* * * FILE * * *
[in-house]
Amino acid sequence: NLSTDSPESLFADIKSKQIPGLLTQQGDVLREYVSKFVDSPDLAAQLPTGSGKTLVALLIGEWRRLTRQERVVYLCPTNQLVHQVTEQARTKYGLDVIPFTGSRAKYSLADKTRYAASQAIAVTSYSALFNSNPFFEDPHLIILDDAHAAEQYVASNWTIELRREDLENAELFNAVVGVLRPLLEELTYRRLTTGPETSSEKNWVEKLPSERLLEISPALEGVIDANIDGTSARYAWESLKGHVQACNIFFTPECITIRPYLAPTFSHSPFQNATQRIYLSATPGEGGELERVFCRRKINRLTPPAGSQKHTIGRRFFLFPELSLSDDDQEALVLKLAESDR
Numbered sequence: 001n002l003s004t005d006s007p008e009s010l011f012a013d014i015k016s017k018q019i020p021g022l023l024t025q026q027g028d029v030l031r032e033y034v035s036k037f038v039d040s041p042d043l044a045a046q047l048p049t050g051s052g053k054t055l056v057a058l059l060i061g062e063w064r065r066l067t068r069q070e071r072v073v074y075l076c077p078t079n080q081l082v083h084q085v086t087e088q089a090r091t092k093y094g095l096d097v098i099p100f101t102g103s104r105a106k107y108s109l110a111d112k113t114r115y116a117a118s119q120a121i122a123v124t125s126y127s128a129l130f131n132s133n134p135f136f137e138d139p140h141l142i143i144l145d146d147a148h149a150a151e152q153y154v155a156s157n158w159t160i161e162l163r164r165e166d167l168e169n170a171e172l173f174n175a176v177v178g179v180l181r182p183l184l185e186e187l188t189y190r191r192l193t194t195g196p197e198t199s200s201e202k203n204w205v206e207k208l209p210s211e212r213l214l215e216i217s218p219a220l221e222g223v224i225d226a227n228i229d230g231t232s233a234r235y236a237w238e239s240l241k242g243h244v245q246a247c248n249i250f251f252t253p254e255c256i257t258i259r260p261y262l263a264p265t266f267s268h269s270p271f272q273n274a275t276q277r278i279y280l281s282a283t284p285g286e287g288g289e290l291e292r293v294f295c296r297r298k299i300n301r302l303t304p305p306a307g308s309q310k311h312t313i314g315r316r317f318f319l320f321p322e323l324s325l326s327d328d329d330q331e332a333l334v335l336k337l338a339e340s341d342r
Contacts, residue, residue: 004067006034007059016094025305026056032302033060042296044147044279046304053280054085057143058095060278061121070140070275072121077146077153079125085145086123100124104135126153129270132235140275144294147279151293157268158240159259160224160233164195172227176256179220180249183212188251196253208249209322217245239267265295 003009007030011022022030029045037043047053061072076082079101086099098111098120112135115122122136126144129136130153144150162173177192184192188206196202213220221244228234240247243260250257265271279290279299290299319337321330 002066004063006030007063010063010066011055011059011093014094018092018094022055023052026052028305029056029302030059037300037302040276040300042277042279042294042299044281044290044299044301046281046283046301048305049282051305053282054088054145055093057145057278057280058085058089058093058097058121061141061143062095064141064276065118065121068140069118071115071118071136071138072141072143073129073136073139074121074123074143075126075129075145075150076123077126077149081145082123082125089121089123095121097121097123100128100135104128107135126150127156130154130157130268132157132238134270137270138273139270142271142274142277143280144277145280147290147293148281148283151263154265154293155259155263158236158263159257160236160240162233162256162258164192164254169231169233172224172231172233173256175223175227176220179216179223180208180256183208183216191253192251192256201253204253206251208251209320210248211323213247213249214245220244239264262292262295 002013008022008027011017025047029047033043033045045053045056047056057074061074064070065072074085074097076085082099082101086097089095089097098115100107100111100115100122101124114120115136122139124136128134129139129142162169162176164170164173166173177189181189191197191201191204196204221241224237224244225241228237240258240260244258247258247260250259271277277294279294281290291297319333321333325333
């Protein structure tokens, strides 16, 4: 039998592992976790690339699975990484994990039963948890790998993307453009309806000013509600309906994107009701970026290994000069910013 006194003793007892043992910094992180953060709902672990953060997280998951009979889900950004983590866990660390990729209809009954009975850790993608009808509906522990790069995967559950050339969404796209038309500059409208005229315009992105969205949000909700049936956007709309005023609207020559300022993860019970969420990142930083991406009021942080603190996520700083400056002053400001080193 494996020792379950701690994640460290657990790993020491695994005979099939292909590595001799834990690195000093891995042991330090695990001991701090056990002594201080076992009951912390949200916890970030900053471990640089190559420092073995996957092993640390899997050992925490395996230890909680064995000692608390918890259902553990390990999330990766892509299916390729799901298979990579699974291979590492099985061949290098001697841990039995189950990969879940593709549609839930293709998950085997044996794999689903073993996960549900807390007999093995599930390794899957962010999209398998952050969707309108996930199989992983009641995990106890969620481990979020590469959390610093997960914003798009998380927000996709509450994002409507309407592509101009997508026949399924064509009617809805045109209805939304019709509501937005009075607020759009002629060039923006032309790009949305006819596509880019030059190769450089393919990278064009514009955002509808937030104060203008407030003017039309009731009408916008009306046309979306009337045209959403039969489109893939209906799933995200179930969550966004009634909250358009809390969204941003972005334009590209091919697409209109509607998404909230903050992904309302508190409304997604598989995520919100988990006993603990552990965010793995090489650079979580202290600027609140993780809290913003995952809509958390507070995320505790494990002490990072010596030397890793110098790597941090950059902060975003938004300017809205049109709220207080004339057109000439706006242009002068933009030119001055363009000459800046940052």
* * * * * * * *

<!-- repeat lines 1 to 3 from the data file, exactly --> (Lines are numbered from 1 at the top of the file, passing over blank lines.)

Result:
[in-house]
Amino acid sequence: NLSTDSPESLFADIKSKQIPGLLTQQGDVLREYVSKFVDSPDLAAQLPTGSGKTLVALLIGEWRRLTRQERVVYLCPTNQLVHQVTEQARTKYGLDVIPFTGSRAKYSLADKTRYAASQAIAVTSYSALFNSNPFFEDPHLIILDDAHAAEQYVASNWTIELRREDLENAELFNAVVGVLRPLLEELTYRRLTTGPETSSEKNWVEKLPSERLLEISPALEGVIDANIDGTSARYAWESLKGHVQACNIFFTPECITIRPYLAPTFSHSPFQNATQRIYLSATPGEGGELERVFCRRKINRLTPPAGSQKHTIGRRFFLFPELSLSDDDQEALVLKLAESDR
Numbered sequence: 001n002l003s004t005d006s007p008e009s010l011f012a013d014i015k016s017k018q019i020p021g022l023l024t025q026q027g028d029v030l031r032e033y034v035s036k037f038v039d040s041p042d043l044a045a046q047l048p049t050g051s052g053k054t055l056v057a058l059l060i061g062e063w064r065r066l067t068r069q070e071r072v073v074y075l076c077p078t079n080q081l082v083h084q085v086t087e088q089a090r091t092k093y094g095l096d097v098i099p100f101t102g103s104r105a106k107y108s109l110a111d112k113t114r115y116a117a118s119q120a121i122a123v124t125s126y127s128a129l130f131n132s133n134p135f136f137e138d139p140h141l142i143i144l145d146d147a148h149a150a151e152q153y154v155a156s157n158w159t160i161e162l163r164r165e166d167l168e169n170a171e172l173f174n175a176v177v178g179v180l181r182p183l184l185e186e187l188t189y190r191r192l193t194t195g196p197e198t199s200s201e202k203n204w205v206e207k208l209p210s211e212r213l214l215e216i217s218p219a220l221e222g223v224i225d226a227n228i229d230g231t232s233a234r235y236a237w238e239s240l241k242g243h244v245q246a247c248n249i250f251f252t253p254e255c256i257t258i259r260p261y262l263a264p265t266f267s268h269s270p271f272q273n274a275t276q277r278i279y280l281s282a283t284p285g286e287g288g289e290l291e292r293v294f295c296r297r298k299i300n301r302l303t304p305p306a307g308s309q310k311h312t313i314g315r316r317f318f319l320f321p322e323l324s325l326s327d328d329d330q331e332a333l334v335l336k337l338a339e340s341d342r